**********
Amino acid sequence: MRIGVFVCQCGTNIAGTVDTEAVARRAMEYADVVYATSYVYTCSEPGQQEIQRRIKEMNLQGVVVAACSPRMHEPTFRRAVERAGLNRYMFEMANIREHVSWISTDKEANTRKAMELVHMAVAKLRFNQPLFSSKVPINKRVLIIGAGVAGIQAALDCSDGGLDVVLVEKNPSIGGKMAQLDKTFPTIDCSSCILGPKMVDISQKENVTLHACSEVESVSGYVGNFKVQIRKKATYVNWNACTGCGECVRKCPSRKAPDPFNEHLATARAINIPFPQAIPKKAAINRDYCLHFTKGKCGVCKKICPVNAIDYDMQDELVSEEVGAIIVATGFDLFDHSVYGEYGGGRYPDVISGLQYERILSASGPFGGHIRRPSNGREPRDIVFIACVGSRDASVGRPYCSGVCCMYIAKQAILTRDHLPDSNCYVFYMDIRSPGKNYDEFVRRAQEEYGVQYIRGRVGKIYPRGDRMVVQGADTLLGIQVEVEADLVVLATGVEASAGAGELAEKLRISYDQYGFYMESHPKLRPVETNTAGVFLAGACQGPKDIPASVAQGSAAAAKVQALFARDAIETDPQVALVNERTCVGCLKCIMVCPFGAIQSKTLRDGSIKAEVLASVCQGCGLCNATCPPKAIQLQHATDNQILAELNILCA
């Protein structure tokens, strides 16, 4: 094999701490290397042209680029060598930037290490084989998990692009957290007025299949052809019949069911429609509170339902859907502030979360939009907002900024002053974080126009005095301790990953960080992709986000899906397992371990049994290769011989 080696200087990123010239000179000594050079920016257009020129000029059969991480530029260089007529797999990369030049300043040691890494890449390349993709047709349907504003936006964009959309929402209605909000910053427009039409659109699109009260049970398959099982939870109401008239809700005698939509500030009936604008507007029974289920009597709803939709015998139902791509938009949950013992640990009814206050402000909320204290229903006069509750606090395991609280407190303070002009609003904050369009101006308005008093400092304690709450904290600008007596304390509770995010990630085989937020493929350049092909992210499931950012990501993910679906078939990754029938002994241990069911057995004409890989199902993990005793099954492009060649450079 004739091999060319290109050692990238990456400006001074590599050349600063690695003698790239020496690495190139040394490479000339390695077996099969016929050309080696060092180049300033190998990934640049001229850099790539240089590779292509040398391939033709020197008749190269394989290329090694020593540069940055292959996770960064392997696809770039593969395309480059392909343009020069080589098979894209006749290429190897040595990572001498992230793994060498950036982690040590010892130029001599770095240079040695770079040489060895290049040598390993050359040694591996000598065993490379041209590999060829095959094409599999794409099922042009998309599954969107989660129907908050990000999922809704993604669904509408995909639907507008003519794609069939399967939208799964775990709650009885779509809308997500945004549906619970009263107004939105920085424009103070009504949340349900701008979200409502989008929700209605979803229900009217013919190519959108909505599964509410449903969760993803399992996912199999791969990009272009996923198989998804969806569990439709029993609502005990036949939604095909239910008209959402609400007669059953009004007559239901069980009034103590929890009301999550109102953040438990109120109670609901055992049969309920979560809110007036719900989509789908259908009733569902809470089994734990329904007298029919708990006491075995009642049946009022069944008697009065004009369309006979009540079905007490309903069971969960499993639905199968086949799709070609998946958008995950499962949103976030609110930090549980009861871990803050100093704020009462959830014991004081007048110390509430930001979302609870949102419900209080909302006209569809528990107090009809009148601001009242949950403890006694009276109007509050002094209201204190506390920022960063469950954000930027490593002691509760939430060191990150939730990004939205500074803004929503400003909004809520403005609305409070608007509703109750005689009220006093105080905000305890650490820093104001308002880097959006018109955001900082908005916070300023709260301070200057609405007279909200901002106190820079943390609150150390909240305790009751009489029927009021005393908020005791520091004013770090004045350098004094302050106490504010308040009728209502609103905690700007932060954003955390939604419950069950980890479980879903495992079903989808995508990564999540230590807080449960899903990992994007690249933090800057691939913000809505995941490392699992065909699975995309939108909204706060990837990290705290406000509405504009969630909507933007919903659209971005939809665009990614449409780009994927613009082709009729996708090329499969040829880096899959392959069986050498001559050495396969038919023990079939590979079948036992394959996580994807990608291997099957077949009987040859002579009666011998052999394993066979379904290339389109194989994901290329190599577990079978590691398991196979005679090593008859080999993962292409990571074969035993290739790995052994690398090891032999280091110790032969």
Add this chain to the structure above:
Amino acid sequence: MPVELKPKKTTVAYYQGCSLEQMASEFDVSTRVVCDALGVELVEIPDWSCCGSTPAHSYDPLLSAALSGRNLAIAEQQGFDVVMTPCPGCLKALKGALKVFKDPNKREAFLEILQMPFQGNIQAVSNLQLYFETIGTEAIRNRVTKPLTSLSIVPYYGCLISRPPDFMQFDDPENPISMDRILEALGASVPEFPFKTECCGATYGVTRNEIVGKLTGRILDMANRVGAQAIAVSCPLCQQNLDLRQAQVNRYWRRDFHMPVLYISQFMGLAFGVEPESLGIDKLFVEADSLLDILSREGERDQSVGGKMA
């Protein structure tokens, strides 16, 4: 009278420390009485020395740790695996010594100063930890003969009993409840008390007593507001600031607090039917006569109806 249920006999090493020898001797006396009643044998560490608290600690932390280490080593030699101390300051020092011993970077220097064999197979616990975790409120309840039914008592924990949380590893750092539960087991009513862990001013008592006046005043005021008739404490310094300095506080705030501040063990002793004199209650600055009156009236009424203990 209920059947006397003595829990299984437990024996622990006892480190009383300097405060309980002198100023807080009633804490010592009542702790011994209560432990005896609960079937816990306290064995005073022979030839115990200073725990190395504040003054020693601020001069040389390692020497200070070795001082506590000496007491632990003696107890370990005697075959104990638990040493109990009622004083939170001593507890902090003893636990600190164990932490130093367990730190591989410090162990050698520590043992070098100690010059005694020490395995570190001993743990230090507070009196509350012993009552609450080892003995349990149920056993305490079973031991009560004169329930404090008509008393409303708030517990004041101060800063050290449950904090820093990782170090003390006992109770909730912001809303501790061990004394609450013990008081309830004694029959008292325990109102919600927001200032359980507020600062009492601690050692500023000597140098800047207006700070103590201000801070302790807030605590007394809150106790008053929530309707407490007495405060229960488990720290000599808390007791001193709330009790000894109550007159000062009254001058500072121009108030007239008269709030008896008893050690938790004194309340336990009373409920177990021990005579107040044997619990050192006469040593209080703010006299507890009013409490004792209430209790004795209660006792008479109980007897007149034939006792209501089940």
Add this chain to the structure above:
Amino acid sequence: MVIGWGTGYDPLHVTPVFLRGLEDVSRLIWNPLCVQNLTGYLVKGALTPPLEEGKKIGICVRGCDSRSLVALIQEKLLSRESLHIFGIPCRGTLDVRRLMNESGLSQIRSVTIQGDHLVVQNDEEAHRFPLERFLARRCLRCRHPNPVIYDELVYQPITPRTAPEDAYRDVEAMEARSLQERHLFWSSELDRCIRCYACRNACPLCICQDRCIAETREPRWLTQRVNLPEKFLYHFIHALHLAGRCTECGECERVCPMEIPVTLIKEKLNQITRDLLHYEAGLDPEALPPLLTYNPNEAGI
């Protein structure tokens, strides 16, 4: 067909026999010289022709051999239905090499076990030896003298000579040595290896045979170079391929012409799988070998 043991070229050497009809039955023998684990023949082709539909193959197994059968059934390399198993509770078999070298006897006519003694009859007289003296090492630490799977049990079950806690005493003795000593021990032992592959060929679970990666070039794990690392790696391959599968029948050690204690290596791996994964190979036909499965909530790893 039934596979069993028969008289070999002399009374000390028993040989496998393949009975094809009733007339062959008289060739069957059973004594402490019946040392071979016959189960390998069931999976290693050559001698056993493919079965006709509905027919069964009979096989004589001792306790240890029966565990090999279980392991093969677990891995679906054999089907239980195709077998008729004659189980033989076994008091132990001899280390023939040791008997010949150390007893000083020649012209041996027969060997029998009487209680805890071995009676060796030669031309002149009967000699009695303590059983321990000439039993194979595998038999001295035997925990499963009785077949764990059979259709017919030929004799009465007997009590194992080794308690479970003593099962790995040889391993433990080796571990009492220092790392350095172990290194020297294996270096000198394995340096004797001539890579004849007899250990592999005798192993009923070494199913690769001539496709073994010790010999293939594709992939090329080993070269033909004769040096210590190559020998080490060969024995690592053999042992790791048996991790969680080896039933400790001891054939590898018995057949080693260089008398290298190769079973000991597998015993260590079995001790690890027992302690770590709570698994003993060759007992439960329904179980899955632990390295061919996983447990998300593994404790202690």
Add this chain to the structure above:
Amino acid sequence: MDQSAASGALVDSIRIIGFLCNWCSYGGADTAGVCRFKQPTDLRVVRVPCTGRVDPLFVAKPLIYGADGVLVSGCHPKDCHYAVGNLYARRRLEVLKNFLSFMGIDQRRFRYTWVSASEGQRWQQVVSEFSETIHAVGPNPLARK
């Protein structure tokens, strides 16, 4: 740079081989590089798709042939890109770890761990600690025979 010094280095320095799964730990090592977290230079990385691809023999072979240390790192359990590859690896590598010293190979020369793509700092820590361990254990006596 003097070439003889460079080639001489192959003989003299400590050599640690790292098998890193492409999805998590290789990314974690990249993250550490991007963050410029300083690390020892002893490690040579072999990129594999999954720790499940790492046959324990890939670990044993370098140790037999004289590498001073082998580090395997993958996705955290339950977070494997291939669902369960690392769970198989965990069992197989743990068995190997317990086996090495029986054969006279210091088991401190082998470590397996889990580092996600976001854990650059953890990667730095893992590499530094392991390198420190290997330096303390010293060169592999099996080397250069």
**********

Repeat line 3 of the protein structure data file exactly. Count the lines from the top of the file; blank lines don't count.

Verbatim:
Add this chain to the structure above: